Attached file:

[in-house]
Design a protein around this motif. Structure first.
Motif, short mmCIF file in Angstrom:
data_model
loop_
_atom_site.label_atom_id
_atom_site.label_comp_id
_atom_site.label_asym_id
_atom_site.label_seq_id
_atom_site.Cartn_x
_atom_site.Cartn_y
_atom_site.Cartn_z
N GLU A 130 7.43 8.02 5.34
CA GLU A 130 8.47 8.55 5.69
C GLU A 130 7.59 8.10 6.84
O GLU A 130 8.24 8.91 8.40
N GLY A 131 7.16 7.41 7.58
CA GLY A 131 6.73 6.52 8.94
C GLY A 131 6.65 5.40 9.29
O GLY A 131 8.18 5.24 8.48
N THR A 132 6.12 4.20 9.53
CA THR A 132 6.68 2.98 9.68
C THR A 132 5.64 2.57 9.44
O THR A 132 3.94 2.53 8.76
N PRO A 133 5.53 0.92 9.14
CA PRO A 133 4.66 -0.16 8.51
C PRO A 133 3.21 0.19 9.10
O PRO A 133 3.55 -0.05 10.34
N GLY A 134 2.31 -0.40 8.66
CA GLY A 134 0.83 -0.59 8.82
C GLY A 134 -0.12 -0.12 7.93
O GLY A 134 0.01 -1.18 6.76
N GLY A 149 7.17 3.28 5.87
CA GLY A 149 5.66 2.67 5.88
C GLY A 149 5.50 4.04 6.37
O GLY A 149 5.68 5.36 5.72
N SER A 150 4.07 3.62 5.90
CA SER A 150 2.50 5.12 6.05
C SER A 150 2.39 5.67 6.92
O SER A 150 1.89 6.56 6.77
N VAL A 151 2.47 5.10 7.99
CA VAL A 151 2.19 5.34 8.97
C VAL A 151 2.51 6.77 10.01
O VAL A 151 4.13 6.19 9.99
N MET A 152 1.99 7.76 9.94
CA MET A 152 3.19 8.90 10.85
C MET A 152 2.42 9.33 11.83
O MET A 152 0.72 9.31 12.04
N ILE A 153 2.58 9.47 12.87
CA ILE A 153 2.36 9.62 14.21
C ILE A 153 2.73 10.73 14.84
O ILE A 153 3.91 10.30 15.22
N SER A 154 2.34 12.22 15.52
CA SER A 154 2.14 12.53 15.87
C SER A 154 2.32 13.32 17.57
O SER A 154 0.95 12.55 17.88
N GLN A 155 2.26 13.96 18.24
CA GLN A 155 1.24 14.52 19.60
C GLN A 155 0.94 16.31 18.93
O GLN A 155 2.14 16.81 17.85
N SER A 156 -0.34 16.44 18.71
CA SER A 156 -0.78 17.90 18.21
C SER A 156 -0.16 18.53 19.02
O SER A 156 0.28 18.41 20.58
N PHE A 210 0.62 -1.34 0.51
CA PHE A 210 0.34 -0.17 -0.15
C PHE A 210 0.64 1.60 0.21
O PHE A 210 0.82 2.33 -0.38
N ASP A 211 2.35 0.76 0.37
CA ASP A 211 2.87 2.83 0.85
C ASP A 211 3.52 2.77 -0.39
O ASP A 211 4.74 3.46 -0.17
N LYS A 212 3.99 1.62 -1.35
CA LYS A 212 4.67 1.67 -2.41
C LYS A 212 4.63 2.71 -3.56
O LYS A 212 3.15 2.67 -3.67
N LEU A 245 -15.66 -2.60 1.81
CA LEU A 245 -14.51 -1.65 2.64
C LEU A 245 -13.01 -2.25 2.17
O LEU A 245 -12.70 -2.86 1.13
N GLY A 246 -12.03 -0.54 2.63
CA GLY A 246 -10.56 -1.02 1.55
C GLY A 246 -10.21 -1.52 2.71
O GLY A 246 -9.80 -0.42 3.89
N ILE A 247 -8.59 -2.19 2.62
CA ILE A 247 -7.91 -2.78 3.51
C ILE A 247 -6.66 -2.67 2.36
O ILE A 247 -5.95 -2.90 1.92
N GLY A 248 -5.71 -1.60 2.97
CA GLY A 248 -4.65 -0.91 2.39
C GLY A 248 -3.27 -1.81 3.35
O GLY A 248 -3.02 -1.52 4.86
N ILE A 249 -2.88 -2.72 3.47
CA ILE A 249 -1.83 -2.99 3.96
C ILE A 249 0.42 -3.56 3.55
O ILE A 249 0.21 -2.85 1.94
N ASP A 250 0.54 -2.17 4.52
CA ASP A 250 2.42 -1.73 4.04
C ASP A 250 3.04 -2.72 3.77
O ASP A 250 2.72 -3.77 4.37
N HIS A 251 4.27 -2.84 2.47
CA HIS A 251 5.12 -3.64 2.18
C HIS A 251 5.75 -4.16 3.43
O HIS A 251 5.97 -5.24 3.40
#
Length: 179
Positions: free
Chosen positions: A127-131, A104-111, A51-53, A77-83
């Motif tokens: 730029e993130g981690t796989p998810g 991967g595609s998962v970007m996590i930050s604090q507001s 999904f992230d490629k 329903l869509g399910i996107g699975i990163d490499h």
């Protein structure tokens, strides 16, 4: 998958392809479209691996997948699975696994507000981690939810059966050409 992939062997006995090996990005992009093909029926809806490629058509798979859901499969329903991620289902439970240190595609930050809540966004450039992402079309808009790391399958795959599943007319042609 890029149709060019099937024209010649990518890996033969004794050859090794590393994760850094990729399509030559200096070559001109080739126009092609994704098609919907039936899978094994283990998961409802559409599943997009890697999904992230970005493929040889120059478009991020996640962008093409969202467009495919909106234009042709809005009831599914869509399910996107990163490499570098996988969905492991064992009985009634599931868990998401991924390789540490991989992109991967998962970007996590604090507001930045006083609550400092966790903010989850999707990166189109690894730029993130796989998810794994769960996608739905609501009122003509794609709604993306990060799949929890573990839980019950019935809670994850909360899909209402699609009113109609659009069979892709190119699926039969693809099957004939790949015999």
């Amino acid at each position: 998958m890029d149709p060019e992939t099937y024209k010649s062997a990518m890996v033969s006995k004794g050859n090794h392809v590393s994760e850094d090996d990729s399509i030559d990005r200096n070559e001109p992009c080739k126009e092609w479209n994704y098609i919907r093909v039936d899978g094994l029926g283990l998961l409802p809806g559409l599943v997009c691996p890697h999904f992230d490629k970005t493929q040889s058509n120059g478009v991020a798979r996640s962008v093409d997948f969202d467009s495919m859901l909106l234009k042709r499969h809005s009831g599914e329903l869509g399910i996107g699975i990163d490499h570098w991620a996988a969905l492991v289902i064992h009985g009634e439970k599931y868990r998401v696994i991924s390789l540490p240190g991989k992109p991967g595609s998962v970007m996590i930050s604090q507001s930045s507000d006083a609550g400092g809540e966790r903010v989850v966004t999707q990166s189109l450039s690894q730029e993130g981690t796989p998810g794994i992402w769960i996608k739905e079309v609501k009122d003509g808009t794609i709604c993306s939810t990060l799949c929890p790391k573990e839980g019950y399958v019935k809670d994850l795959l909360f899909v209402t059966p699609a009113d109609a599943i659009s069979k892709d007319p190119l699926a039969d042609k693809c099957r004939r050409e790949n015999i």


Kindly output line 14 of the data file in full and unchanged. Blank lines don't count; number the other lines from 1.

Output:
CA GLU A 130 8.47 8.55 5.69